Well, here we go again. The annual pointless but fun ritual of weighing in on my predictions for the major Oscar categories. This year is more challenging than most because there are plenty of fine films but no clear front runners, though certainly there are a number of nominees that are far more favored than others. I'll put out my predictions, but I have to admit I don't feel certain about any of them. Keep in mind that these predictions don't always reflect my own personal preferences
12 Years a Slave- Oscar loves "message" movies and although this film is difficult to watch, it does relate a true and inspiring story about one man's incredible courage. My pick for the Best Picture Oscar. Runner up: American Hustle. The acclaimed film Gravity seems to have some serious momentum but Oscar generally snubs sci-fi and horror-related flicks.
Steve McQueen for 12 Years a Slave. It's rare that the best picture doesn't result in an Oscar for its director, though last year Argo won Best Picture and it's director, Ben Affleck, wasn't even nominated. Still, that was a fluke that has rarely happened in the past and I don't think it will occur again this year. Runner up: David O. Russell for American Hustle.
Cate Blanchett for her amazing performance in Woody Allen's Blue Jasmine. Runner up: Amy Adams for American Hustlealthough you can never count out sentimental favorite Judi Dench who many people feel was unjustly snubbed for a Supporting Actress snub for Skyfall.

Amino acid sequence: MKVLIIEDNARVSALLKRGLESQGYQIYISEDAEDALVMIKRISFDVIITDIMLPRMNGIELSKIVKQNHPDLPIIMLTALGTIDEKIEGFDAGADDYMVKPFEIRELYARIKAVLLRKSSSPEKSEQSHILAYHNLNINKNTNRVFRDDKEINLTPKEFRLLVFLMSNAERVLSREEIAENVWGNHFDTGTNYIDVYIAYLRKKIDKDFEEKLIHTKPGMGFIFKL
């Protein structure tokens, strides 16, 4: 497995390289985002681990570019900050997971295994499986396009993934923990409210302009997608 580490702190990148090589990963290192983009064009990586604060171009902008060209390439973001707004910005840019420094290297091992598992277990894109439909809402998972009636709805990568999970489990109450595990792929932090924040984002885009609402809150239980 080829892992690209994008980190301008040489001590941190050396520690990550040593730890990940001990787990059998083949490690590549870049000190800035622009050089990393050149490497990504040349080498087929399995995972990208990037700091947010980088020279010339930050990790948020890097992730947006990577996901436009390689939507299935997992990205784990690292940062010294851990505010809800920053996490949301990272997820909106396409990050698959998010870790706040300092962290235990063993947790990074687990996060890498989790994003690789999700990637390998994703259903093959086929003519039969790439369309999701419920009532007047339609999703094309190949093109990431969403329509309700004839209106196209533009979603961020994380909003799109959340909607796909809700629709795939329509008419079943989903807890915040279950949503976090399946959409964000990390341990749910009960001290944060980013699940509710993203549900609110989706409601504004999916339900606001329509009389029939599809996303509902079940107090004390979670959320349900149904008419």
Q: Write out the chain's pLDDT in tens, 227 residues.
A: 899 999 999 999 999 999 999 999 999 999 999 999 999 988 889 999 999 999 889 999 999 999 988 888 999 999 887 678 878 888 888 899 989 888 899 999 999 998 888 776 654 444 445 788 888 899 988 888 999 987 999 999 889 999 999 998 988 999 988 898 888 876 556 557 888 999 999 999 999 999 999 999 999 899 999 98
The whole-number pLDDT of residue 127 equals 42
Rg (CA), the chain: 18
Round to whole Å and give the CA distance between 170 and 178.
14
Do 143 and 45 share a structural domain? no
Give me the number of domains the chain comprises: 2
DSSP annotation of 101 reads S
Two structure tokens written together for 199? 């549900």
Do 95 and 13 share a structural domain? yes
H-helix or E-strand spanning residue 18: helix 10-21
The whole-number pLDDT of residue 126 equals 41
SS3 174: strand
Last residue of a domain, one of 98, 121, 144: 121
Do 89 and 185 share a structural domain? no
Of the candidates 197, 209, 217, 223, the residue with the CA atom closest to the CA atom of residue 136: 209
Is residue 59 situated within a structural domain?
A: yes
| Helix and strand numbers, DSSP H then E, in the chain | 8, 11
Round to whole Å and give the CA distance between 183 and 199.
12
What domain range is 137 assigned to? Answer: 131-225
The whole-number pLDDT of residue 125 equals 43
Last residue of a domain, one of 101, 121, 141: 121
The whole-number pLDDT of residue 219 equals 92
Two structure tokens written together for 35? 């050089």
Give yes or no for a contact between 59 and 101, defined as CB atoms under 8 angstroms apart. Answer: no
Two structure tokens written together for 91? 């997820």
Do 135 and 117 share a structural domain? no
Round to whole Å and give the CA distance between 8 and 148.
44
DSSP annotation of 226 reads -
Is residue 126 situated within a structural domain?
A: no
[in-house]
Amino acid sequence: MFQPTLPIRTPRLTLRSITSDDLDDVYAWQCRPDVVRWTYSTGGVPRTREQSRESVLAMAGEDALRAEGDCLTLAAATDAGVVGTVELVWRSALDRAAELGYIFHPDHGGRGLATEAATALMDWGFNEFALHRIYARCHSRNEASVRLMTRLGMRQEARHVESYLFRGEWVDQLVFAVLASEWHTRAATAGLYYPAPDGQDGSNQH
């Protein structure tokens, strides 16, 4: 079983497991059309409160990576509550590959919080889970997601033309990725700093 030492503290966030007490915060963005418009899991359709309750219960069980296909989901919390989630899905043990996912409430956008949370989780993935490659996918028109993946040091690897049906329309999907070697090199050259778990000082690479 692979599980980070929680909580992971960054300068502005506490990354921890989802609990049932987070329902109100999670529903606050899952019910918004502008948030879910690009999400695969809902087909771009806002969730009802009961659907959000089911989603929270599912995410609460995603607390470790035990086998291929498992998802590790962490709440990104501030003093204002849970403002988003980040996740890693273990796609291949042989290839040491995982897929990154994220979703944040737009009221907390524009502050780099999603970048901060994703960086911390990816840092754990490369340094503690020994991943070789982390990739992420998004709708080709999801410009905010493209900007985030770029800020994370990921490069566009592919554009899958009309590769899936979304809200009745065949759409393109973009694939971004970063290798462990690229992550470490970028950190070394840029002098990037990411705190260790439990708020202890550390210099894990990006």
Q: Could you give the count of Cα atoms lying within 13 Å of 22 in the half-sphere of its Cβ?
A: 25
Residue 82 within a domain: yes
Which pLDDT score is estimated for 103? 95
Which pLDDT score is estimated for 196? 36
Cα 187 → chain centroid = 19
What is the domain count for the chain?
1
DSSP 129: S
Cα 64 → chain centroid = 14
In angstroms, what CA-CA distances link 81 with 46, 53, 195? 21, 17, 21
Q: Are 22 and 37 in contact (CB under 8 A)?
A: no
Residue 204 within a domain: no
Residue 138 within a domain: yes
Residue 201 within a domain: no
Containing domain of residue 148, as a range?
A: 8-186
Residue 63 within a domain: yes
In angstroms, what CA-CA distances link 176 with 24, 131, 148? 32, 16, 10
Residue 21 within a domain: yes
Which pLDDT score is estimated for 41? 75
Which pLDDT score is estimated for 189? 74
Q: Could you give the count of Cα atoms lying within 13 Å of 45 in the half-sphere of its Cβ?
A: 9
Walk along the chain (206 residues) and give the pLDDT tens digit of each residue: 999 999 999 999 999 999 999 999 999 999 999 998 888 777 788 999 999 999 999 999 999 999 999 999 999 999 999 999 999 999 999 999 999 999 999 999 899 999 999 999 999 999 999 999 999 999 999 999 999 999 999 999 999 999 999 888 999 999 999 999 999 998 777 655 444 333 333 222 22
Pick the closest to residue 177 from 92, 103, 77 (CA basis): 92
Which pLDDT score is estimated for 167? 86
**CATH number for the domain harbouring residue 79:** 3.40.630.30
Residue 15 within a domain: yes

It's a toss-up between Chiwetel Ejifor for 12 Years a Slave and Matthew McConaughey for Dallas Buyers Club. It could go either way. Ejifor might be seen as a newcomer with plenty of opportunities ahead of him (plus there are probably only ten people in the Academy who can pronounce his name.) McConaughey has been kicking around for twenty years, making some good films and a lot of celluloid garbage, but his performance in this film is true method acting and a brilliant achievement on any level. My choice: McConaughey.My preference: Bruce Dern for Nebraska, admittedly partially out of sentiment and the fact that he has been underrated as an actor for decades.